For now, the New England Patriots are in the driver’s seat. While the Miami Dolphins were a sexy pick to be a surprise playoff team and at least make New England sweat out another division crown, reality is leaning towards Miami being a year away from a real threat to the Patriots.
Even with significant injuries and the offense struggling, New England will win the AFC East. As long as quarterback Tom Brady is behind the wheel, Brady and the Patriots can cruise.
Can you see it? Brady is leaning to the side with his right hand at 12 o’clock on the wheel, with wife Gisele in the passenger seat. The weather’s perfect, so all windows are down, and so is the roof. Brady shields his eyes with sunglasses while the breeze blows through his hair (while he still has it since Brady’s father, Tom Sr., is bald).
Brady can navigate another division championship with his typical cool because the divisional rivals aren’t true threats this year. But in a year or two, the Dolphins, Buffalo Bills and New York Jets could be gaining.
Face it, Patriot Nation: Brady isn’t getting younger, and this year he’s showing it more than ever. Granted, a Brady in decline is still better than all but a few quarterbacks in the league. And with his competitive fire and IQ, Brady remains an elite passer. But every week we see a few Brady passes that aren’t on target like they used to be.
Some passes aren't between the numbers like they used to be. Others skip at the feet of the receivers. The easy excuse is to blame his all-new receiving corps, but Brady made similar misses last season throwing to familiar targets.
In time, Brady and his receivers will develop chemistry, and his numbers will improve from the current 56.9 completion percentage. But time isn’t something Brady has much of anymore.
At 36 years old, Brady is at a point when many veteran quarterbacks have accepted backup roles and are sailing into the sunset of their careers. Brady is squeezing everything he can out of his body while he can. Brady told Peter King of Sports Illustrated that he wants to play beyond 40. That threshold arrives in less than four years. Will Brady still be playing at an elite level as he approaches the big 4-0?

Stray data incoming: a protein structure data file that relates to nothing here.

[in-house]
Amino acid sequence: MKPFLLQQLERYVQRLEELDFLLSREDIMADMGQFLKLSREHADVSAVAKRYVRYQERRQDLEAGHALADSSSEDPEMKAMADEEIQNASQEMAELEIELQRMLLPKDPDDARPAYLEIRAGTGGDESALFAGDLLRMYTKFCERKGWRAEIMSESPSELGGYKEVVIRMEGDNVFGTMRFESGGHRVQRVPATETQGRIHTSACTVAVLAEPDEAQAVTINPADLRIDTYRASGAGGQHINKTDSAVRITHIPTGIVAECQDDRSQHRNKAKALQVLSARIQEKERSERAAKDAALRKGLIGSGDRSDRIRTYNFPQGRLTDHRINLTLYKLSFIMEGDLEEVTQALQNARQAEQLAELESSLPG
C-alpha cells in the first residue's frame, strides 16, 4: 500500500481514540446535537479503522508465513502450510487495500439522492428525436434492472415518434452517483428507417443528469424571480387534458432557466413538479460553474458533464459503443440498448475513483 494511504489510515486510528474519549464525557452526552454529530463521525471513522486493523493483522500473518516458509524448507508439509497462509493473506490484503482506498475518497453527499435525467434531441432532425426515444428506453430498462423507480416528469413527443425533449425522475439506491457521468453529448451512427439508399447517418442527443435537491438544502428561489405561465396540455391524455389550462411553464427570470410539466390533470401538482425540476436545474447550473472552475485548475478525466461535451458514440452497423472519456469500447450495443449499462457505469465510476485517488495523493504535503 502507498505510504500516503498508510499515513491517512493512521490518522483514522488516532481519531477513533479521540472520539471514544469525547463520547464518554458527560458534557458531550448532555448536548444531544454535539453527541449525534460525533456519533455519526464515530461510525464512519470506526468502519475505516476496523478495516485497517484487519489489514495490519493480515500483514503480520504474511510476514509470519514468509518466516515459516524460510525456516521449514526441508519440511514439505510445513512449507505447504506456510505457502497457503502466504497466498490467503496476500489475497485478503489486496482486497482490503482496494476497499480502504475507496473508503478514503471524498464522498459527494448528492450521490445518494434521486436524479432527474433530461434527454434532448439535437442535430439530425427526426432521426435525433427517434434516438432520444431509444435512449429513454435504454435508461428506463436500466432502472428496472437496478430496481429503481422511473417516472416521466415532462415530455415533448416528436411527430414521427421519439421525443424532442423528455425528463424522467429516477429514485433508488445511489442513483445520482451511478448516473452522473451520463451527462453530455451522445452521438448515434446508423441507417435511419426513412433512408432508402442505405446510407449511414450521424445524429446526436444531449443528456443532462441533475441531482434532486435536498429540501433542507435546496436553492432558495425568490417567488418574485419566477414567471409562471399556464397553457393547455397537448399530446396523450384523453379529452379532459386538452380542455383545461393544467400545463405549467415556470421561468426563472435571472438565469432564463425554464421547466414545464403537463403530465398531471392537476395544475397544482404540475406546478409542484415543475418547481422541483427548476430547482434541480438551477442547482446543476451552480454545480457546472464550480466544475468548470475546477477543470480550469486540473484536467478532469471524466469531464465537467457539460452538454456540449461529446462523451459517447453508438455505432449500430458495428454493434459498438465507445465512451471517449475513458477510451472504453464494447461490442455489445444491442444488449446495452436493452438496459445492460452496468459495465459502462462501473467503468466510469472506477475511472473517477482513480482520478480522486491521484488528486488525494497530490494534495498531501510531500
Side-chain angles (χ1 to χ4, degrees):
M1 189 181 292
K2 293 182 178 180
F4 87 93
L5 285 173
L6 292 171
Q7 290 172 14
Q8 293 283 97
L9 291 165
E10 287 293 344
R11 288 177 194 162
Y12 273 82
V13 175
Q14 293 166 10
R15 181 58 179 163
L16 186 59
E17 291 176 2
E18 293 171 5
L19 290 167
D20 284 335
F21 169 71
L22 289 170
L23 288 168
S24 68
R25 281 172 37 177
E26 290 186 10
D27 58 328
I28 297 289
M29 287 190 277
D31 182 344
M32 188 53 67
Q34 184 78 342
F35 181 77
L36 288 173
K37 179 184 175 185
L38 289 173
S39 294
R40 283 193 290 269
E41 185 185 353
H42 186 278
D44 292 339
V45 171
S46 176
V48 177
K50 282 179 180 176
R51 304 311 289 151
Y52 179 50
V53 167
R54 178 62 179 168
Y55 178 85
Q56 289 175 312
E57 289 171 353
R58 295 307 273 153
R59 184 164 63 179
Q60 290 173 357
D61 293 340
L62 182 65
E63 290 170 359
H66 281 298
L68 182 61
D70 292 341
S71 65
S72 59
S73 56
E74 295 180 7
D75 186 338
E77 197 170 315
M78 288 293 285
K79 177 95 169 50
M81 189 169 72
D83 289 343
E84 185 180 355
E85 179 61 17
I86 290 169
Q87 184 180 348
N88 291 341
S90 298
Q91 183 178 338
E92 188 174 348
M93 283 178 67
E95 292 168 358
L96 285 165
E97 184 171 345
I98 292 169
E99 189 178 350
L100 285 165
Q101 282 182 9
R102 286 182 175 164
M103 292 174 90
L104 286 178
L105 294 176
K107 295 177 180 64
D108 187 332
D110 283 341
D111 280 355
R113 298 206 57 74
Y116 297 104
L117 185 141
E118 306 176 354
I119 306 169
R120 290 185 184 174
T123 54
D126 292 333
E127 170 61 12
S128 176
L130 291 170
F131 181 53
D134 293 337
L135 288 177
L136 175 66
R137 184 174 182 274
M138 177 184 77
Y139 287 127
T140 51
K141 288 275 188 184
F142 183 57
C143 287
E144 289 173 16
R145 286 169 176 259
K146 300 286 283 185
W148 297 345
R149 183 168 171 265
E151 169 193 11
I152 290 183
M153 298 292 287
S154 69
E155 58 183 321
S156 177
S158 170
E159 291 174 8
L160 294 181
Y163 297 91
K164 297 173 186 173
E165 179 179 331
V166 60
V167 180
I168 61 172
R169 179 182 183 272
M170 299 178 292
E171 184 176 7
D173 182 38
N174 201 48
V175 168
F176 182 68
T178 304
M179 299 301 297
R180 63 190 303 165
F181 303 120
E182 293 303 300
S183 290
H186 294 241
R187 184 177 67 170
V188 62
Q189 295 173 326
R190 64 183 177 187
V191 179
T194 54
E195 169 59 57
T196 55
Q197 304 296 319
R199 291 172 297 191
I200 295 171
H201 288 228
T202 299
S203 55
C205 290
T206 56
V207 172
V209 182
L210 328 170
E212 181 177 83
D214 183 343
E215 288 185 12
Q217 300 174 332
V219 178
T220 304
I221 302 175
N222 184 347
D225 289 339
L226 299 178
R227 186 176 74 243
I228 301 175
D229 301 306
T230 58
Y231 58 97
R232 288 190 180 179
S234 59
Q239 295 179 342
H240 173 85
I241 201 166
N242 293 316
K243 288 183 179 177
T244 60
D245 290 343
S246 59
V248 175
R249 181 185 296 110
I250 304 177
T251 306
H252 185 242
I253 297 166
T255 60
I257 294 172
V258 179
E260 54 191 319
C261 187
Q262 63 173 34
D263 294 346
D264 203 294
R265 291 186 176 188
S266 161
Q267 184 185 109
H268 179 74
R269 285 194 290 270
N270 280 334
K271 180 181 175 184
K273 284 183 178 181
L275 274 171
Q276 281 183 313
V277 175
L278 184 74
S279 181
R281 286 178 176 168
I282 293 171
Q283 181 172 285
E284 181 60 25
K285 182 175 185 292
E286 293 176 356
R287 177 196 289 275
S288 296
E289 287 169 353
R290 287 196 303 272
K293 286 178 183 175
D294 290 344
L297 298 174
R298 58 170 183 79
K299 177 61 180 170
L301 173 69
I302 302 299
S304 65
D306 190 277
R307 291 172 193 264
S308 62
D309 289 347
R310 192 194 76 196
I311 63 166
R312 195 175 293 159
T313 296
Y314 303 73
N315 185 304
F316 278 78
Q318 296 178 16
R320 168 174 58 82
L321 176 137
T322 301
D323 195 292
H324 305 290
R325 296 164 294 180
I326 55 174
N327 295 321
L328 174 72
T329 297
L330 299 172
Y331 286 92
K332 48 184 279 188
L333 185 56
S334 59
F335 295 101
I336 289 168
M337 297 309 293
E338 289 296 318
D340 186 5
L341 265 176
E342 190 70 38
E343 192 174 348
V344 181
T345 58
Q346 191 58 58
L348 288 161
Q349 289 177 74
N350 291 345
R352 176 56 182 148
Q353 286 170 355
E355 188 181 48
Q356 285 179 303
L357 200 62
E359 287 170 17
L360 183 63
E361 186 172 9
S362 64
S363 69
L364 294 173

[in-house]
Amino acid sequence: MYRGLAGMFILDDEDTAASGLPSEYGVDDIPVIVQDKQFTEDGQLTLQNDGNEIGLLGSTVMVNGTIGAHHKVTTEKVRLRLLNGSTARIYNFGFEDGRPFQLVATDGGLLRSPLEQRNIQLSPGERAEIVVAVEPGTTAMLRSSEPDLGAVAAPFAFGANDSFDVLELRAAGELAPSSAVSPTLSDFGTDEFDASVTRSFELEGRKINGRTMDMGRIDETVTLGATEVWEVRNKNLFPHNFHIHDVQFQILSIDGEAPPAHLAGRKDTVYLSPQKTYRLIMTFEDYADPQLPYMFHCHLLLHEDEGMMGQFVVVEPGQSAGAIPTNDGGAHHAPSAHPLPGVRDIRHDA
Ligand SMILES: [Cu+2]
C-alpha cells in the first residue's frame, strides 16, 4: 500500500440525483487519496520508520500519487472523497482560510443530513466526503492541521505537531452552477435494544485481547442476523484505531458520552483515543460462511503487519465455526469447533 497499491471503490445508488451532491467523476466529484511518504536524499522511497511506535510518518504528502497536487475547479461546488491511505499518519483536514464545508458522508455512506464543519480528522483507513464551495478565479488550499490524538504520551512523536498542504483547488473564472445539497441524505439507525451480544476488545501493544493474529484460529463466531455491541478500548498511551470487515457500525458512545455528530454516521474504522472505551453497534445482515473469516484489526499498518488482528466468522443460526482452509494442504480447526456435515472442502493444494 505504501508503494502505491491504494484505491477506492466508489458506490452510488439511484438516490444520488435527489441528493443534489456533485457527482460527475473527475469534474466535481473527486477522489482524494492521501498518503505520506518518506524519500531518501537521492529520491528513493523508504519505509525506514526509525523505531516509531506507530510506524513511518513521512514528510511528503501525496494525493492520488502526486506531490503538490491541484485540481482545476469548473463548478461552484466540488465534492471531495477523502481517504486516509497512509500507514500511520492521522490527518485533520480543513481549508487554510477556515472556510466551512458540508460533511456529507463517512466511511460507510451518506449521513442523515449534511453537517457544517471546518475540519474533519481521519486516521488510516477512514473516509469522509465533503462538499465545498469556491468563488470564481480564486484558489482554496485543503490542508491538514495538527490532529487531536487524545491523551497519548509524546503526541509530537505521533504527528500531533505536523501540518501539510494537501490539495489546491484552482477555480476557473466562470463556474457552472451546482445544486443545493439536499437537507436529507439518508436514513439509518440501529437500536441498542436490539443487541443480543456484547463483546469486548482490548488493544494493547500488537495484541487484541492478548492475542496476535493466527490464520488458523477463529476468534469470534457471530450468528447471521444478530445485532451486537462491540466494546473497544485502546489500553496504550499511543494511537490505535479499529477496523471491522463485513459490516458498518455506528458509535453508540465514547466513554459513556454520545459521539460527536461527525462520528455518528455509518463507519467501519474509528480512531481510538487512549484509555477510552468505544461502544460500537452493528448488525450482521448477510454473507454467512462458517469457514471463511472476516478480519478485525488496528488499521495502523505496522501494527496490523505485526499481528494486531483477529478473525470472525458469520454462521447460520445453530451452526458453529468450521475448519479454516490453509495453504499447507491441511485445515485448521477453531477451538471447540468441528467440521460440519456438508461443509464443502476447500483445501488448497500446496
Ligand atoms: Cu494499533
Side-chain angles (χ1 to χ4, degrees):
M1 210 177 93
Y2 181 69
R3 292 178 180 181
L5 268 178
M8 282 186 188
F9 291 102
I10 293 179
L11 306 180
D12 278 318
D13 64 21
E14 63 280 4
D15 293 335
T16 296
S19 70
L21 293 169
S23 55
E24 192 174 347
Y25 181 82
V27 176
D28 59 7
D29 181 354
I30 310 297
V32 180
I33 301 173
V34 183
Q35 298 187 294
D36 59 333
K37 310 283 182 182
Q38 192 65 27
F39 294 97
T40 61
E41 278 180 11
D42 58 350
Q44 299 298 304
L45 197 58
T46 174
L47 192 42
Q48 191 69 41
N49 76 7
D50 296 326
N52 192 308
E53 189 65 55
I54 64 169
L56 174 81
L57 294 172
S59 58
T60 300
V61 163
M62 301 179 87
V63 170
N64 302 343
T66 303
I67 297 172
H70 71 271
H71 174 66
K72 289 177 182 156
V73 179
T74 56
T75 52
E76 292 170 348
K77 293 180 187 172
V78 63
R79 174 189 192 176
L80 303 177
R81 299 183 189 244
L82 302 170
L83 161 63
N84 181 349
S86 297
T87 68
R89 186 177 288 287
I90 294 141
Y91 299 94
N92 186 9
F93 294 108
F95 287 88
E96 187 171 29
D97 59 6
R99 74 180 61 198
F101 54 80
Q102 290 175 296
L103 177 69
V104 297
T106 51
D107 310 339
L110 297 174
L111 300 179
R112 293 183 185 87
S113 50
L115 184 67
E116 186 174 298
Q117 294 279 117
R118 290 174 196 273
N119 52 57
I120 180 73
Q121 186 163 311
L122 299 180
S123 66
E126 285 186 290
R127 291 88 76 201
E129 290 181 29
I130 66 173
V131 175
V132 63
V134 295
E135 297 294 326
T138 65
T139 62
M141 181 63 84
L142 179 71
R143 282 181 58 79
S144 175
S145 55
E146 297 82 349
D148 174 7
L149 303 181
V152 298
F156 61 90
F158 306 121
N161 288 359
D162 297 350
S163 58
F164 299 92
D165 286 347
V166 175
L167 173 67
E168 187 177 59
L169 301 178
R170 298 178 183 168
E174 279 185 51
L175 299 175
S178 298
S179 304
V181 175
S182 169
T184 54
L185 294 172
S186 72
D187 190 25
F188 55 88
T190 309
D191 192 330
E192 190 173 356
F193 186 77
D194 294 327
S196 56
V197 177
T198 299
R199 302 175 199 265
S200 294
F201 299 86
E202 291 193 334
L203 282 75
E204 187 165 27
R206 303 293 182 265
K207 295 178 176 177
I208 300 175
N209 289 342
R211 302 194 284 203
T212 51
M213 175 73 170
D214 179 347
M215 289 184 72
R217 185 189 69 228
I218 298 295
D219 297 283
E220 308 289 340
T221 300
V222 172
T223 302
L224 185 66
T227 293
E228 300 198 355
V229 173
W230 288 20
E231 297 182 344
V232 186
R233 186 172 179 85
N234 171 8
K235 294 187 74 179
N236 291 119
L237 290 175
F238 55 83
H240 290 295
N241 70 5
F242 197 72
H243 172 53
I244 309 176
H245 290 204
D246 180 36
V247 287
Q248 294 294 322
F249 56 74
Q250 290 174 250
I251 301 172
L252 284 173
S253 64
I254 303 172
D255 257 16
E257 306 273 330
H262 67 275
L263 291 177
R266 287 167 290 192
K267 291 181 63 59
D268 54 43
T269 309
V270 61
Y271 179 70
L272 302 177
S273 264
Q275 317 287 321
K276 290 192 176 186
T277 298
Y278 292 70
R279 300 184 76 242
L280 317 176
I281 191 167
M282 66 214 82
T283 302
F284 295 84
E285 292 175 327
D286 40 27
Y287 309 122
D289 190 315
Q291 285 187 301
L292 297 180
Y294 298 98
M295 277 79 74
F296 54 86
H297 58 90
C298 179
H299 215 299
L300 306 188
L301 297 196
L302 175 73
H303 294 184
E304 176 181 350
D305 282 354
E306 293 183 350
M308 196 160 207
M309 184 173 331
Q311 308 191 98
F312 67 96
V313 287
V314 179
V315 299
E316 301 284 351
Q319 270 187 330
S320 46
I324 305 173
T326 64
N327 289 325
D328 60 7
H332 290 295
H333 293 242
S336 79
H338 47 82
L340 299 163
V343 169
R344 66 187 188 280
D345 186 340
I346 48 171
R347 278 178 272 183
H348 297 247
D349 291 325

While the clock is ticking on Brady, New England’s rivals are hoping their quarterbacks will mature into franchise ones.
Miami is led by second-year passer Ryan Tannehill, while the Buffalo Bills and New York Jets handed over their offenses to rookies E.J. Manuel and Geno Smith, respectively. All three are new-generation quarterbacks with the mobility to make plays with their feet as well as their arms. Their athleticism is a stark contrast to Brady the pocket passer, making Brady look like an old-model quarterback who will become obsolete sooner rather than later.
These AFC East young guns have taken some lumps this season. Manuel suffered injuries that knocked him out of games, including Sunday’s start against Cincinnati. Tannehill has been sacked 24 times already, which is almost being sacked five times per game. And Smith has been wildly inconsistent, making bone-headed decisions that raise doubts of whether Smith will eventually “get it.”
But they also had their moments. Manuel almost beat the Patriots in the season opener by playing an efficient game. Against the Carolina Panthers the following week, Manuel drove Buffalo 80 yards to a game-winning touchdown pass with :06 seconds left to play.
Tannehill has been resilient behind Miami’s so-called offensive line and led the Dolphins to a 3-0 start, including a game-winning drive against the Atlanta Falcons sealed by a touchdown pass with :43 seconds remaining.
And Smith, for all his gaffes, orchestrated three come-from-behind wins over the Tampa Bay Buccaneers, the Bills and the Falcons, the last under the national spotlight of Monday Night Football. To perform like Smith did under that pressure is a very encouraging sign for the Jets, who haven’t had a consistent field general since Chad Pennington.
If the Patriots intend to maintain their hegemony, they need a successor to Brady. That person likely will come from the draft, since Ryan Mallett is not Brady’s heir.
After investing three years to develop the rocket-armed Mallett, he barely grew as a player. Mallett’s accuracy never reached 60-percent in the preseason. And though he threw three touchdowns and one interception the past two preseasons, Mallett failed to consistently drive the offense.
Mallett’s contract expires after the 2014 season, per Spotrac.com, but it’s time to part ways. Maybe New England can find a trade partner for Mallett. Otherwise the Patriots could select a quarterback to compete with Mallett and groom the rookie, like the Green Bay Packers did with Aaron Rodgers.
Depending upon early entries, the 2014 draft could be deep at the quarterback position, giving New England the option to select a passer as soon as the first or second round.
If New England decides to select a quarterback, he will take a back seat to Brady for a few years, as expected. If he lives up to the potential, he will be ready once it’s his time to take the wheel and keep the Patriots ahead of the division rivals.
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